Singularity & Tradition:
On Lee Sexton and the 5-String Banjo
“...a legend among those who love old time mountain music. Lee Sexton is one of the finest traditional old time banjo players in the country.” – David Holt, Public Radio International (PRI)
Currently in his 90s, Lee Sexton remains an active performer and teacher, and is a living link to the deep past of American music. His musical sensibility and technique span several centuries without invoking nostalgia, and can be heard on multiple releases on Smithsonian/Folkways and June Appal recordings. He learned to play banjo directly from family members Morgan Sexton and Roscoe Holcomb, themselves legends of old-time, pre-bluegrass music. His repertoire is eclectic and diverse: traditional songs traceable to the British Isles, songs particular to Appalachia, Tin Pan Alley and honky-tonk standards, and much of the bluegrass canon.
Lee developed and retains a distinctive, two-finger, thumb-lead banjo style that is unique in our time, shaped by a potent combination of deep musical roots and a series of work-related injuries to his right hand. In the mid-20th century, with the proliferation of electronic media and the advent of three-finger bluegrass styles, Lee’s generation of musicians almost entirely abandoned the older music for a more codified and commercially viable sound. But when Lee crushed his middle finger in the coal mines, it made the more popular three-finger style impossible for him to play. Years later, when a raccoon bit his thumb while he was working on the farm, Lee had to abandon the clawhammer/drop-thumb style he learned as a child, and relearn the songs exclusively in a two-finger style. In short, these physical limitations forced Lee to adapt, playing the newer, faster music through simpler and more direct means. Powered by only thumb and index finger, Lee Sexton’s present-day sound is as punctuated, proprietary, and aggressive as any to be found in traditional music. Or, as Lee says, "I wouldn't trade my old stuff for that Scruggs - you hear that everywhere you go."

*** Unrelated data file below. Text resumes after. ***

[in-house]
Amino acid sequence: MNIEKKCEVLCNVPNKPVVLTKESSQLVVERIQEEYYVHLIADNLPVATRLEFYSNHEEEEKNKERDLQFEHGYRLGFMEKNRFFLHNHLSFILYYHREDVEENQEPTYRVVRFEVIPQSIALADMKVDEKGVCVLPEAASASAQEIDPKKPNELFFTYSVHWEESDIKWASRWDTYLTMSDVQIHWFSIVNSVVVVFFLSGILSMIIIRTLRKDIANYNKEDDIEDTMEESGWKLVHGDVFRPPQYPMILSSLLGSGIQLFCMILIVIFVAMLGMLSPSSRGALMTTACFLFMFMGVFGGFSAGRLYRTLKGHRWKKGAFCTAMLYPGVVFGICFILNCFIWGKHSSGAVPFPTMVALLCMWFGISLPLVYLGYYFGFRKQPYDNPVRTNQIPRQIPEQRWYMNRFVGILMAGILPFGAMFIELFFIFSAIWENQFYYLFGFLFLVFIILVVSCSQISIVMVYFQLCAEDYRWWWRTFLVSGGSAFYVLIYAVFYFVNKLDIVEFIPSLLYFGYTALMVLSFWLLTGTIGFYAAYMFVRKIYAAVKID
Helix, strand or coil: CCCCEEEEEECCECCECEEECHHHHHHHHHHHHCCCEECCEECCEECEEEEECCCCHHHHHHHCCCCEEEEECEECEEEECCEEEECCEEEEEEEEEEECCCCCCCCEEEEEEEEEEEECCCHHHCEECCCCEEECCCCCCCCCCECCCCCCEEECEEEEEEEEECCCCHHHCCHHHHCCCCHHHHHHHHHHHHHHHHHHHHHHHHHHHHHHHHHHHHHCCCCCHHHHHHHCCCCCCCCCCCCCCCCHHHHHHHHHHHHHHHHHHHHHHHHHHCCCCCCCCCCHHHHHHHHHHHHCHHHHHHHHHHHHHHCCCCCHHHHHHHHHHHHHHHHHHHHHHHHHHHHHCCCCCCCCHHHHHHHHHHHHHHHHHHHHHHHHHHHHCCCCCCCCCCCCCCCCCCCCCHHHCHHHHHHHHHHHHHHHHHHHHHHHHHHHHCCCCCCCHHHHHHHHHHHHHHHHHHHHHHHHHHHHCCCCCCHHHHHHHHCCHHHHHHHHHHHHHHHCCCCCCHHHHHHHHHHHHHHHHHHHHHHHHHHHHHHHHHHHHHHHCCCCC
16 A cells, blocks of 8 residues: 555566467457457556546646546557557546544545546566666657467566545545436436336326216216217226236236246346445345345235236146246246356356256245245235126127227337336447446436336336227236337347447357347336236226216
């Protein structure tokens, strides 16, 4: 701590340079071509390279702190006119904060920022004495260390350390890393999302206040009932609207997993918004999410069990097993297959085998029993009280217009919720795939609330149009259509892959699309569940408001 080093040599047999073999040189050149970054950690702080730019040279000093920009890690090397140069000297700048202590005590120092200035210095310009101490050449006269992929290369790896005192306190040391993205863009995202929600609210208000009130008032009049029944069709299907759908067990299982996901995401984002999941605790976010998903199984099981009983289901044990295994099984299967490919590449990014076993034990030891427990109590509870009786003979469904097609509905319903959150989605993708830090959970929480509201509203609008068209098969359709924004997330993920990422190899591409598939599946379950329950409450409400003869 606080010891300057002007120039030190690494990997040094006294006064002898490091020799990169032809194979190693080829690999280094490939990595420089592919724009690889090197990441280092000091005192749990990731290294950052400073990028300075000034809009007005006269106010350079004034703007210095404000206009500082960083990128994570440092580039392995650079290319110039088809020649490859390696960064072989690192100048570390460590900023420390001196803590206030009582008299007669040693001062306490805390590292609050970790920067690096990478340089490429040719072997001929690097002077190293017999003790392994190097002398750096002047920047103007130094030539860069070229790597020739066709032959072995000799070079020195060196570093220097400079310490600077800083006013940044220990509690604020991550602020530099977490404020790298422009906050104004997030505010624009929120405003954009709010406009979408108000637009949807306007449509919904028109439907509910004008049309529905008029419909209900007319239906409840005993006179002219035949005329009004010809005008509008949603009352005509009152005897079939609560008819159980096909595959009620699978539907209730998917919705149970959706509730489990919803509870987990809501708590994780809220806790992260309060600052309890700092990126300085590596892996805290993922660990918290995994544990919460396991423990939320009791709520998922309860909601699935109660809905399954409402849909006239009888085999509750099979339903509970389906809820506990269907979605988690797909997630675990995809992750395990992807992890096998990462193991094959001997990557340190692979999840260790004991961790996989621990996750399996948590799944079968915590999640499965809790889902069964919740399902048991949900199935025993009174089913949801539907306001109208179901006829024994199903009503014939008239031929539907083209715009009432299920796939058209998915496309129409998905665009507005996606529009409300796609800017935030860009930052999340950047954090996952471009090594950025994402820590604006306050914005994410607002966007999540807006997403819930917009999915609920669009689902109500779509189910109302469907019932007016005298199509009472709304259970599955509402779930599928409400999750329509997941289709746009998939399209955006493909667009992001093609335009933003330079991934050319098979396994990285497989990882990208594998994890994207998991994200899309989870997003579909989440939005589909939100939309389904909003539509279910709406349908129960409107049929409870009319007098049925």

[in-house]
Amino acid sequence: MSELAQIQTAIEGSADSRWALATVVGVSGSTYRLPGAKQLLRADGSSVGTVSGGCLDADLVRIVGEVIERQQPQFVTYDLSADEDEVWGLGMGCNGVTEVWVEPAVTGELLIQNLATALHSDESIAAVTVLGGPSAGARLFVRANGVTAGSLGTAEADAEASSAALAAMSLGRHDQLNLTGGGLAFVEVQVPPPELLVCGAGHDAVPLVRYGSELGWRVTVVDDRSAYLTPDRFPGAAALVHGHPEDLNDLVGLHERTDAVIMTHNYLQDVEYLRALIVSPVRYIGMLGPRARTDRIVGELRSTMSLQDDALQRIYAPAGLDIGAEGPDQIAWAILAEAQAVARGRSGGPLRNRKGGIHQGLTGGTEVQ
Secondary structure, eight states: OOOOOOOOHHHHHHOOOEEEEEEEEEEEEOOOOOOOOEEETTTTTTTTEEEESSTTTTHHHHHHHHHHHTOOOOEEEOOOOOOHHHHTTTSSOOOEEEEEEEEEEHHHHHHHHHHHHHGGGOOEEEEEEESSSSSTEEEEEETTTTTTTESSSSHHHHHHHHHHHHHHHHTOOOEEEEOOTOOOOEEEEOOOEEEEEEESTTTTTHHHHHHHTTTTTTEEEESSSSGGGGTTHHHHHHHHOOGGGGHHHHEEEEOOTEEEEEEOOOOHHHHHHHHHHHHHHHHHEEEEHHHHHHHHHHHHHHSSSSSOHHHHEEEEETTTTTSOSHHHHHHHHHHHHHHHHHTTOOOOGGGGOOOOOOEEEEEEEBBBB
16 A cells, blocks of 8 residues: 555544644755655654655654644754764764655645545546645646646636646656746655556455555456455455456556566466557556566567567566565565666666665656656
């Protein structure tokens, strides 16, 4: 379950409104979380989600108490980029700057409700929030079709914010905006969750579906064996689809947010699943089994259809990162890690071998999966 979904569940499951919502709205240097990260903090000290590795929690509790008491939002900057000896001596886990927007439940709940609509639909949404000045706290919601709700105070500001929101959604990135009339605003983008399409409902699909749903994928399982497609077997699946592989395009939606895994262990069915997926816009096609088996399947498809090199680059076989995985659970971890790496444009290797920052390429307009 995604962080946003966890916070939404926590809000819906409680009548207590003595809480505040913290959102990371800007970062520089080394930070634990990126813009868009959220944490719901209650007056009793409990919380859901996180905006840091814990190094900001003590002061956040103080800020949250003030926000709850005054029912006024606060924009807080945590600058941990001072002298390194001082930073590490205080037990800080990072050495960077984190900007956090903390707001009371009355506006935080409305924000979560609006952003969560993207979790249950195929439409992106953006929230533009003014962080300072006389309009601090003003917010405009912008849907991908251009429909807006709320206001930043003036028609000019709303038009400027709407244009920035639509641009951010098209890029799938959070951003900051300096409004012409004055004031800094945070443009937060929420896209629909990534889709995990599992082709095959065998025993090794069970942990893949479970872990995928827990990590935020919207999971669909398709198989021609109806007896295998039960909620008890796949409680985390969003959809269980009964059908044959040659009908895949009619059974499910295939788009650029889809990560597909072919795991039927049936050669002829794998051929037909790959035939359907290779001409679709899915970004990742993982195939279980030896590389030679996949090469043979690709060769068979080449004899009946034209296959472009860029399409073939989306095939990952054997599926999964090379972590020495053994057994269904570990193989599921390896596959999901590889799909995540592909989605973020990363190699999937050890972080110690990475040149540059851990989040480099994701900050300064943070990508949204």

Although well known and revered in the region and within banjo circles, Lee has largely existed outside of the commercial music business. Lee was recorded in 1959 for the landmark Smithsonian/Folkways release Mountain Music of Kentucky. He was a featured performer at the Smithsonian Folklife Festival in Washington D.C. and is a recipient of the Kentucky Governor's Award for Lifetime Achievement in the Arts. His music is also included on the recent Smithsonian/Folkways compilation Classic Banjo (2013). He appeared briefly in the film Coal Miner’s Daughter (1980), playing banjo during the square dance scene; he has performed at the local Carcassonne Square Dance for well over 40 years.
Linefork presents audiences with an experience of how the conditions of life and the particularities of place inform (and are reflected in) Lee’s music. Though now challenged by significant hearing loss and arthritis, Lee remains a vital and singular stylist, the last of his generation of eastern Kentucky banjo players. Linefork brings Mr. Sexton to a more proper place in the wider discourse of Appalachian culture and its significance to American musical heritage.